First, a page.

Prevalence of sex, hypertension, and smoking differed between migraineurs and controls (Table 1). Migraineurs with aura had higher total cholesterol and low-density lipoprotein levels compared with controls. Other characteristics did not differ between groups.
Overall CMB prevalence did not differ between migraineurs (29%), migraine with aura (24%), migraine without aura (31%), and controls (24%; Table 2). Infratentorial CMBs were more prevalent in migraineurs without aura versus controls (14% versus 4%; P=0.048).When the 67 subjects with probable/possible migraine were included in the migraine group (10% versus 4%; P=0.02) or in the control group (14% versus 5%; P=0.09), similar figures were seen.
Infratentorial CMBs were more prevalent in subjects with migraine and hypertension (11% versus 2%; OR, 6.1 [1.5–25]; P=0.01) or migraine and diabetes mellitus (25% versus 4%; OR, 7.5 [1.4–41]; P=0.02) compared with control subjects without hypertension or diabetes mellitus, respectively. However, neither hypertension (5% versus 2%; OR, 2.6 [0.7–9.6]; P=0.14) nor diabetes mellitus (2% versus 4%; OR, 0.4 [0.1–3.5]; P=0.44) increased the odds for infratentorial CMBs in controls significantly.
Overall (31% versus 35%) and infratentorial (14% versus 13%) infarct prevalence and high WMH-load (23% versus 19%) was similar in migraineurs and controls although there was a trend for high WMH-load in migraineurs without aura (32% versus 19%; P=0.06). Cerebral infarcts were more prevalent in migraineurs (irrespective of aura status) with CMBs versus controls with CMBs (65% versus 43%; P=0.05). Migraineurs with infarcts versus controls with infarcts more often had lobar (55% versus 26%; P<0.01), infratentorial (25% versus 5%,; P=0.01), and overall CMB prevalence (55% versus 30%; P=0.03). Compared with controls, migraineurs more often had co-occurrence of infarcts and CMBs than only one of these types of brain lesions (42% versus 21%; P=0.02).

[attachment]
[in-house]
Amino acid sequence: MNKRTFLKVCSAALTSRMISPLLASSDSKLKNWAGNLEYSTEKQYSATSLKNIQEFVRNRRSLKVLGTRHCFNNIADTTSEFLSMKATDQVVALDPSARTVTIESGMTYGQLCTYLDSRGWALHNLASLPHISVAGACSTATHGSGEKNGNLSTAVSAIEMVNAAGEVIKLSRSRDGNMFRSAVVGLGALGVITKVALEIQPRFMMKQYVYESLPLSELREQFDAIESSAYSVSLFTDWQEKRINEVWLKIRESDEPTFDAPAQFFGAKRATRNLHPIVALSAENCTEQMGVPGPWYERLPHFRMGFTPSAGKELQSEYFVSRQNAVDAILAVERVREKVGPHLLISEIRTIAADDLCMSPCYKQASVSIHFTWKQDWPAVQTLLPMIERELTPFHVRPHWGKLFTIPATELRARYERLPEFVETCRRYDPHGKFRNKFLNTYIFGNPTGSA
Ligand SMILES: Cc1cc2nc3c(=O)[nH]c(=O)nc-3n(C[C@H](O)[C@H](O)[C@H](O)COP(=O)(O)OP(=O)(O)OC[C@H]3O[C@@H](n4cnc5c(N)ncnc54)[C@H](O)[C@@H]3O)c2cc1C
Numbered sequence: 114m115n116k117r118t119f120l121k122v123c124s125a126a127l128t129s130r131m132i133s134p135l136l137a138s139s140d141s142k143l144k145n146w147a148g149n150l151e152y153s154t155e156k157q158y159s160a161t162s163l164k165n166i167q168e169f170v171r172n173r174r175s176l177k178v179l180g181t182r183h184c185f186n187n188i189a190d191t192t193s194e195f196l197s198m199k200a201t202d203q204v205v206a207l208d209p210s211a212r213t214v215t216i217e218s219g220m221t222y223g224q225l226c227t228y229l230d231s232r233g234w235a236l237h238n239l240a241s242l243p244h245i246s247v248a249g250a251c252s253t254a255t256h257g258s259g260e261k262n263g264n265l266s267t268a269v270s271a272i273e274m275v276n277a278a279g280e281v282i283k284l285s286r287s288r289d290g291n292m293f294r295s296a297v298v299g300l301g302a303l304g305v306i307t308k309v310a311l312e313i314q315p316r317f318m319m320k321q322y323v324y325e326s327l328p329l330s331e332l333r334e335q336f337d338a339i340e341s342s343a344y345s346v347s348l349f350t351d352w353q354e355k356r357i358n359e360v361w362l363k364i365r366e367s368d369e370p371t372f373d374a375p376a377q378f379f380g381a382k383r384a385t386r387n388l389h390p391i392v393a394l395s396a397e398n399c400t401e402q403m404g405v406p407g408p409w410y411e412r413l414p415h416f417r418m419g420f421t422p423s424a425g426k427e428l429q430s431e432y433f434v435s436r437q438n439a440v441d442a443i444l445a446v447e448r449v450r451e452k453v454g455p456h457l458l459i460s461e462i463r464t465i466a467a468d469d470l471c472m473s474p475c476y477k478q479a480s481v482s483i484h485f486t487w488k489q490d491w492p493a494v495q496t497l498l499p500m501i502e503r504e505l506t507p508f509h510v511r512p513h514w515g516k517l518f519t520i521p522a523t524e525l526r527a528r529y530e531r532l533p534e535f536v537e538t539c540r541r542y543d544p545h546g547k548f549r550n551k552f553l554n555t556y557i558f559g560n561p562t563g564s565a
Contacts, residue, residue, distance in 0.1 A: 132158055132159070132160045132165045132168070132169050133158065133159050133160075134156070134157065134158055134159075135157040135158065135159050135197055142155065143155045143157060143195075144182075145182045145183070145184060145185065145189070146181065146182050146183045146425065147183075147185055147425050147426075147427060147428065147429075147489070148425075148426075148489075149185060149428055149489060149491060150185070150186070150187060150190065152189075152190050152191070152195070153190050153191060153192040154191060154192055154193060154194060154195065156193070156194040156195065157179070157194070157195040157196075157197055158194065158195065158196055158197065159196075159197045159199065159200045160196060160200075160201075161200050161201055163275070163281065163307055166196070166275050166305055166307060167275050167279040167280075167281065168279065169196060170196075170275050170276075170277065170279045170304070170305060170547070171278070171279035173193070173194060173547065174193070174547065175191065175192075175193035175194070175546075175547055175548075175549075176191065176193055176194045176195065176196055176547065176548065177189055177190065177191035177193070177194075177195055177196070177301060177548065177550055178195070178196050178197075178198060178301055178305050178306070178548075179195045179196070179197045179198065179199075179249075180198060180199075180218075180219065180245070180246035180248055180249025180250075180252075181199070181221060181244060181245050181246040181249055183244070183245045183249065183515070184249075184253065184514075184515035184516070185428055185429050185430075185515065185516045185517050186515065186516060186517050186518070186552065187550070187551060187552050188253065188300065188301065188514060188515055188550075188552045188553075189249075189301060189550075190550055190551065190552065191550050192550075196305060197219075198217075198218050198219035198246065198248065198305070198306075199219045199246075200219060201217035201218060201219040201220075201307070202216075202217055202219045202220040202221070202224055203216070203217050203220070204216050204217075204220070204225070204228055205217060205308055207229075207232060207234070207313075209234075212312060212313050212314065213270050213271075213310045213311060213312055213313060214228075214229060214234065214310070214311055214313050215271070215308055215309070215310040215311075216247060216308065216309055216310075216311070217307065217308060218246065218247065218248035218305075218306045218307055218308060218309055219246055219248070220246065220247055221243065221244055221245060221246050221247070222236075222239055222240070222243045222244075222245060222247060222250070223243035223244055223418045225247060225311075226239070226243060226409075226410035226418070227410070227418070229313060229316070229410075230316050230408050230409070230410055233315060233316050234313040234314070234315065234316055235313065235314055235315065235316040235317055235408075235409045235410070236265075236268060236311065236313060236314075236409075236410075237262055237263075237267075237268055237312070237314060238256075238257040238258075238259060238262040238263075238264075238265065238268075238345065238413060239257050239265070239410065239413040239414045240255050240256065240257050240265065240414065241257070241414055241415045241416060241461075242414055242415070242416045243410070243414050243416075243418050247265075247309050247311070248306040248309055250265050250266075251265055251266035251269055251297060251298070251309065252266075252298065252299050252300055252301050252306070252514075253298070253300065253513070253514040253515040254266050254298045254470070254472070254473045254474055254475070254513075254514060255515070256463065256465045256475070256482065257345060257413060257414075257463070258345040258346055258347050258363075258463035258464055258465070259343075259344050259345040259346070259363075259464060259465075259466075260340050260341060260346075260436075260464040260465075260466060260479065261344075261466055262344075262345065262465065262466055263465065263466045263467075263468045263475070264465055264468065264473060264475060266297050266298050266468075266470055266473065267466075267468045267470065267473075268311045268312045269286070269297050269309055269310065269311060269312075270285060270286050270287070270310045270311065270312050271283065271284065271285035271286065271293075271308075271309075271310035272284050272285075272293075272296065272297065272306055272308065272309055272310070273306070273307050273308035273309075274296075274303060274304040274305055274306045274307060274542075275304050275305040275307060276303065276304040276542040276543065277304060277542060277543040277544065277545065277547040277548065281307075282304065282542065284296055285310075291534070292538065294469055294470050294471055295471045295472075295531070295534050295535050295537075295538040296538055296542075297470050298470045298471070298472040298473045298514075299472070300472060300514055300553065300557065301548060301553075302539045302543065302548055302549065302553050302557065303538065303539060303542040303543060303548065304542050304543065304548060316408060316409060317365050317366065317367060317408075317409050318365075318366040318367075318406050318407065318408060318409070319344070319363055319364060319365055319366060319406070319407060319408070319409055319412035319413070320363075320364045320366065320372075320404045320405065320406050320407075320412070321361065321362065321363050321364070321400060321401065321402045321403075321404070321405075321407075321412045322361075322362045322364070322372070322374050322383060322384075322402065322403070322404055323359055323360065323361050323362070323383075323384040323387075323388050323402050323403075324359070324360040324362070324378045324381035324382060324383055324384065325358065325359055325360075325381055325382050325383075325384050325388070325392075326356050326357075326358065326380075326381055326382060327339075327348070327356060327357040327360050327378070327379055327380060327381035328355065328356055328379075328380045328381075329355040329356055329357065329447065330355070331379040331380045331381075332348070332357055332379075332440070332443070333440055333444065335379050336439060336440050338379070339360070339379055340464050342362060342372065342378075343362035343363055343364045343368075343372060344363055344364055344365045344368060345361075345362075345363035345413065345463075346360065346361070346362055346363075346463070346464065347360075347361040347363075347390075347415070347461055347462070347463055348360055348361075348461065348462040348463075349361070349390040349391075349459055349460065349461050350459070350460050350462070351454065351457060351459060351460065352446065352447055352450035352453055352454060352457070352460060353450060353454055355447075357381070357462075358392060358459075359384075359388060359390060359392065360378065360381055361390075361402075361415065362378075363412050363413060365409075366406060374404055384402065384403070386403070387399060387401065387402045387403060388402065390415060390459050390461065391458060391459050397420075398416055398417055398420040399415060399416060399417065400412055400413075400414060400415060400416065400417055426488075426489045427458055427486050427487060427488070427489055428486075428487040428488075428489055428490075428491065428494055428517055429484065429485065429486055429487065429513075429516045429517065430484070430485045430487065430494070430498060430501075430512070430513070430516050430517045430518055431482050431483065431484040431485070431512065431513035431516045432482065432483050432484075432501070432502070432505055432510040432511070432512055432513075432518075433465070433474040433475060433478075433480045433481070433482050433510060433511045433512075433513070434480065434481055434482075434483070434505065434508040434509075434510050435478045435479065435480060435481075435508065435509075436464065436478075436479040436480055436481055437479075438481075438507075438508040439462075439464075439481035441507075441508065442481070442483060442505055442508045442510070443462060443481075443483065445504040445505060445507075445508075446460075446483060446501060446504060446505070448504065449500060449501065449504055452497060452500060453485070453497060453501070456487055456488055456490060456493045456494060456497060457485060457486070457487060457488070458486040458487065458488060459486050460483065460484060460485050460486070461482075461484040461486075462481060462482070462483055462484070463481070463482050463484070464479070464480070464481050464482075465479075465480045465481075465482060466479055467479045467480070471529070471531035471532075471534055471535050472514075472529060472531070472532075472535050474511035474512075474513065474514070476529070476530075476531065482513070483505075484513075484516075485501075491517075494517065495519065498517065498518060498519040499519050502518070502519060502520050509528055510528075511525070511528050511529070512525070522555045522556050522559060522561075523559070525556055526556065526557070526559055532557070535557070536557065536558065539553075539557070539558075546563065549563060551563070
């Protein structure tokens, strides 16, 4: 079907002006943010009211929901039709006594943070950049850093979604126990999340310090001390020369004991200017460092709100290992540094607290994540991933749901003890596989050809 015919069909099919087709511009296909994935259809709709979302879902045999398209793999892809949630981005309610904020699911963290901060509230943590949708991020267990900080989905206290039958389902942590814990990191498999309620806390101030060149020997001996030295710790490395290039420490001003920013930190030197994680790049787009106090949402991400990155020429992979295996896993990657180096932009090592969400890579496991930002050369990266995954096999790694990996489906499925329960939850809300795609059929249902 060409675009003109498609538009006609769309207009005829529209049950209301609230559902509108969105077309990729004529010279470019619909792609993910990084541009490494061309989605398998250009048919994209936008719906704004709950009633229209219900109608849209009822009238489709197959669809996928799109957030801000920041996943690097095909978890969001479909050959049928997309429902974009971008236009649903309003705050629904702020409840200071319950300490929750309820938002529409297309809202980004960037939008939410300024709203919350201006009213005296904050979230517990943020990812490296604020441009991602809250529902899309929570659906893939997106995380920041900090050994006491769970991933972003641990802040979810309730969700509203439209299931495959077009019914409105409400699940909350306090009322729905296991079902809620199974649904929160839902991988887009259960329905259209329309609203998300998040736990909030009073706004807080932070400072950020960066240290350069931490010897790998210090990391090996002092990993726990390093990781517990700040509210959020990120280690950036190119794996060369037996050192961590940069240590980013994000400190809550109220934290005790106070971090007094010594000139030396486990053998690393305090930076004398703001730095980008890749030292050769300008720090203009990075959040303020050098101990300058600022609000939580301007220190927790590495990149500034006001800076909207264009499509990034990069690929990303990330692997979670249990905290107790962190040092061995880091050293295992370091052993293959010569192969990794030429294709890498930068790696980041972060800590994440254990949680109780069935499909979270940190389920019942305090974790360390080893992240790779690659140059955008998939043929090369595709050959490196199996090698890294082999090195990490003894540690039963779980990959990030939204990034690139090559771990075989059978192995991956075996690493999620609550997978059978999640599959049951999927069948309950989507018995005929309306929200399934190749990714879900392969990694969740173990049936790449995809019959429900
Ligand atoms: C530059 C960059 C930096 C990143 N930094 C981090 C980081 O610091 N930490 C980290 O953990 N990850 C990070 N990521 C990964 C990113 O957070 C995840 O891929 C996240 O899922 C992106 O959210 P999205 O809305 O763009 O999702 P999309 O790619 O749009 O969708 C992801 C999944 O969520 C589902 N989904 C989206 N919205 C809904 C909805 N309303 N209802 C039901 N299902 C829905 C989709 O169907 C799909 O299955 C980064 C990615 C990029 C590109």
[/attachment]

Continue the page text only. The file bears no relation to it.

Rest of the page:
Lifetime migraine, in particular without aura, was an independent risk factor for infratentorial CMBs, a hallmark of small-vessel disease. CMBs and infarcts co-occur more often in migraine than in controls.
CMBs point at a hemorrhage-prone vasculopathy and result from disruption of the endothelial layer of small vessels. Endothelial dysfunction seems a mechanism involved in migraine pathophysiology.9 Infratentorial CMBs are linked to hypertension,8 and migraineurs in our study indeed had more frequently unfavorable cardiovascular risk profiles, as reported by others.10 Notwithstanding, our data suggest that migraine plays an additive or independent role in developing infratentorial CMBs, a finding that together with reports on cerebellar infarcts and infratentorial hyperintensities,3 stresses the vulnerability of the infratentorial microvasculature in migraineurs.
We could not reproduce higher prevalences of infarcts and WMHs as found in younger migraineurs in other studies, likely because of a lack of power, as well as the effect of migraine might have been obscured by prevalent cardiovascular risk factors in current participants. Recall bias in this elderly population and strict migraine criteria possibly explain the lower prevalence of migraine compared with the literature.1 Applying less strict criteria (including probable/possible migraine) did, however, not change our results. The relatively small number of cases precluded further post hoc analyses or investigating the effect of attack or aura frequency, activity, duration, chronicity, and life course of migraine.
In summary, migraine without aura is associated with higher prevalence of infratentorial CMBs. CMBs and infarcts co-occur more often in migraine than in controls. Small-vessel disease might underlie migraine-associated cerebrovascular damage in at least a subgroup of migraineurs. This should be confirmed in larger populations of elderly migraineurs.
Sources of Funding
This work was supported by grants of the Netherlands Organisation for Scientific Research (VICI 918.56.602 and Spinoza 2009, Dr Ferrari).
* A list of PROSPER Study Group committee members is given in the online-only Data Supplement.
The online-only Data Supplement is available with this article at http://stroke.ahajournals.org/lookup/suppl/doi:10.1161/STROKEAHA.115.009604/-/DC1.
- Received March 30, 2015.
- Revision received March 30, 2015.
- Accepted April 16, 2015.
- © 2015 American Heart Association, Inc.